Got a cold? Sick employees are costing UK businesses £4.2bn each year

 
Sam Layton
"But doctor, I need to get back to the office" (Source: Getty)

Sick employees who take more than six months off work cost the UK private sector £4.17bn each year, the Centre for Economics and Business Research (CEBR) reveals today.

The cost to businesses has risen by a third in two years, from £3.13bn in 2012.

That's largely thanks to a rise in statutory sick pay (eight per cent) and rising employee numbers (six per cent), CEBR explained.

But around a quarter of the cost is due to absence caused by mental illness. In the last year alone, 70m days off were taken as a result of stress, anxiety or depression, the organisation said.

As work pressures escalate, the number of people taking time off for mild to moderate mental health issues rose from 26 per cent to 38 per cent between 2011 and 2013.

Read more: More people are taking sick leave because of poor mental health

Earlier this month, the Chartered Institute of Personnel and Development revealed businesses where staff take no time off are more than twice as likely to report a stress-related absence among their workers than those where staff just take one day off.

The study also revealed a third of employers reported an increase in people coming into work while sick this year.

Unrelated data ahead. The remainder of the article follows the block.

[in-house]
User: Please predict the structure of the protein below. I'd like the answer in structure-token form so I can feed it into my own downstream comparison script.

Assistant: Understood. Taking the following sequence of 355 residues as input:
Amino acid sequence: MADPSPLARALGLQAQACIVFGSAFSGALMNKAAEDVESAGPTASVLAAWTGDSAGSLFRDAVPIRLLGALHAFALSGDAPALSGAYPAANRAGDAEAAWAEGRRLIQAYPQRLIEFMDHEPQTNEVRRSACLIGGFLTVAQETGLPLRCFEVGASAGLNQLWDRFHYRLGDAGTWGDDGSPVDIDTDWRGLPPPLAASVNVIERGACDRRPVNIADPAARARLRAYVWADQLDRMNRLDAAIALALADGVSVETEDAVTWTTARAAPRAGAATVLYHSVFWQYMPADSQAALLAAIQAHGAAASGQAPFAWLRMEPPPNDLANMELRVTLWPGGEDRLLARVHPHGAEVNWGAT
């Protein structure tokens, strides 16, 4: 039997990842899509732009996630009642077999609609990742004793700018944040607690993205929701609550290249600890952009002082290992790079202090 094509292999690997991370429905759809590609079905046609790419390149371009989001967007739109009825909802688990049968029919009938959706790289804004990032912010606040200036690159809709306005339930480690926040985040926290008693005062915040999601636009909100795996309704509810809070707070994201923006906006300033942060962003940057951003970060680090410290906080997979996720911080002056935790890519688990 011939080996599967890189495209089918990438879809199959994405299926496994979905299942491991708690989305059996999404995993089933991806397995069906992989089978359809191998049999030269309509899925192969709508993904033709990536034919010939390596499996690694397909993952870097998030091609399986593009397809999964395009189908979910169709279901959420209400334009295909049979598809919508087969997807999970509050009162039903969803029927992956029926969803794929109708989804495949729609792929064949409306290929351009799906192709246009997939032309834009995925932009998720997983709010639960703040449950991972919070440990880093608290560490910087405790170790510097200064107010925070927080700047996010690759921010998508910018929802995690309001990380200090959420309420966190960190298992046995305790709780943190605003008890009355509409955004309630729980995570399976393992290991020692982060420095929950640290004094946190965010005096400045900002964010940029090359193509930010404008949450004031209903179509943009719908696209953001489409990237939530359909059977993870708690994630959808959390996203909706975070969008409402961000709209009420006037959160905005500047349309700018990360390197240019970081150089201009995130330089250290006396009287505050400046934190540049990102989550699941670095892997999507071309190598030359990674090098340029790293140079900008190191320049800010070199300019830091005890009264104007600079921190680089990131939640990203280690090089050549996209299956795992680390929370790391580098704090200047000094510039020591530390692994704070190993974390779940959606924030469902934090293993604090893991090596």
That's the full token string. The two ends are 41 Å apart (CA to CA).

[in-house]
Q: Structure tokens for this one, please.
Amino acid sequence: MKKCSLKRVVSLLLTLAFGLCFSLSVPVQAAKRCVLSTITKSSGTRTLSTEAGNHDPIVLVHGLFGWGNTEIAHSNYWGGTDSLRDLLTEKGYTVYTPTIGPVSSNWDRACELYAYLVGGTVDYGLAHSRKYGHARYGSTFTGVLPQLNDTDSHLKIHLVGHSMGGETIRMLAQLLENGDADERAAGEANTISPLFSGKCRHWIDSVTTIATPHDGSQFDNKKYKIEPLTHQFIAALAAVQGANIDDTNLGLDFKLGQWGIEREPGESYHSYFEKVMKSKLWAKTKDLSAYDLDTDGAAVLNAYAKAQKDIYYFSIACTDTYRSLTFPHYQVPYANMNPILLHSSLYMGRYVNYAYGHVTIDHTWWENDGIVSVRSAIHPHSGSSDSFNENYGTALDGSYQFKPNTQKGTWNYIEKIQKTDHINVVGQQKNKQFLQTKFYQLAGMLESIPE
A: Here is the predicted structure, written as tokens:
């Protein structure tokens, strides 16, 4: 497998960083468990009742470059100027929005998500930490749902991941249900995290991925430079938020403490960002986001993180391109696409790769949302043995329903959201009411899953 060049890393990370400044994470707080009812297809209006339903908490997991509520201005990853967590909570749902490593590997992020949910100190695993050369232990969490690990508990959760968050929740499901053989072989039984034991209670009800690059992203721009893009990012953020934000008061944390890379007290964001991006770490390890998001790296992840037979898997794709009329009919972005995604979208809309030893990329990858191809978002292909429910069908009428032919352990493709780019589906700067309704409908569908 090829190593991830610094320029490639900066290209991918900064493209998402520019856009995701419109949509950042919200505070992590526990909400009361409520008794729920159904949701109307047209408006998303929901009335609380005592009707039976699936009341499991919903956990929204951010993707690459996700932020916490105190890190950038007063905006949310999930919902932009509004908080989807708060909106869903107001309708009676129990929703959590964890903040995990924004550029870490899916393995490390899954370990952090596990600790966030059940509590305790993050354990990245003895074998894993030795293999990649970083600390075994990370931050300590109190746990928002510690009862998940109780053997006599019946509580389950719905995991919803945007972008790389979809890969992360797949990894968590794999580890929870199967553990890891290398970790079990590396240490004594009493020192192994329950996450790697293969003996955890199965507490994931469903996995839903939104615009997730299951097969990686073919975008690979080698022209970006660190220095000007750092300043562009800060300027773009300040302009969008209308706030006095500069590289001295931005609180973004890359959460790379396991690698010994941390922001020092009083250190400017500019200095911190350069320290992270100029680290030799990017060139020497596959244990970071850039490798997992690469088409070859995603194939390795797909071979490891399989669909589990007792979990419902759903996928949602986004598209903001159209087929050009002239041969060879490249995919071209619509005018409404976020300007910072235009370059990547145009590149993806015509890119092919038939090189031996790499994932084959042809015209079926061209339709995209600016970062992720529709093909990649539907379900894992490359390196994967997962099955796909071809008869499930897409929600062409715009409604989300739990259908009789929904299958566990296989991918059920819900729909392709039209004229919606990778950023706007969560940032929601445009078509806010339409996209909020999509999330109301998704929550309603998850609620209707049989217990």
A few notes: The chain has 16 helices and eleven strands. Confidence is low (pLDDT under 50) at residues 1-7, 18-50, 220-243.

Read more: Workers who go to work when ill are likely to report more health problems later

And with rising numbers of older workers, CEBR estimated the annual cost to the private sector will rise 15 per cent in the next 15 years, reaching £4.8bn by 2030.

The study found older employees were most likely to take prolonged periods off work with over seven in 1,000 employees aged 50 plus likely to take more than six months off sick each year - almost double that of workers aged 20-29, where four in 1,000 take long periods off.

However, when looking at short-term sick leave, the opposite is true. An Opinium survey in May revealed that only 26 per cent of over-50s said they have taken a sick day in the last year compared to 53 per cent of those aged 20-29.

Read more: Over 50s take half as many sick days as younger workers

CEBR calculated the total annual cost of long-term sick leave to the UK economy at £6.7bn, equivalent to £208 per employee.

The research, commissioned by employee benefits provider Unum, showed that stepping in early can reduce time off sick by 17 per cent. This would mean an absence of seven months would be trimmed to six.

Using early intervention services, such as rehabilitation at work, can save businesses up to £270m each year, Unum estimates.

However, the most foolproof way to save is by insuring against the costs of long-term sick leave while also offering employees early intervention services. This dual approach could save UK businesses a total of £4bn, according to Unum.

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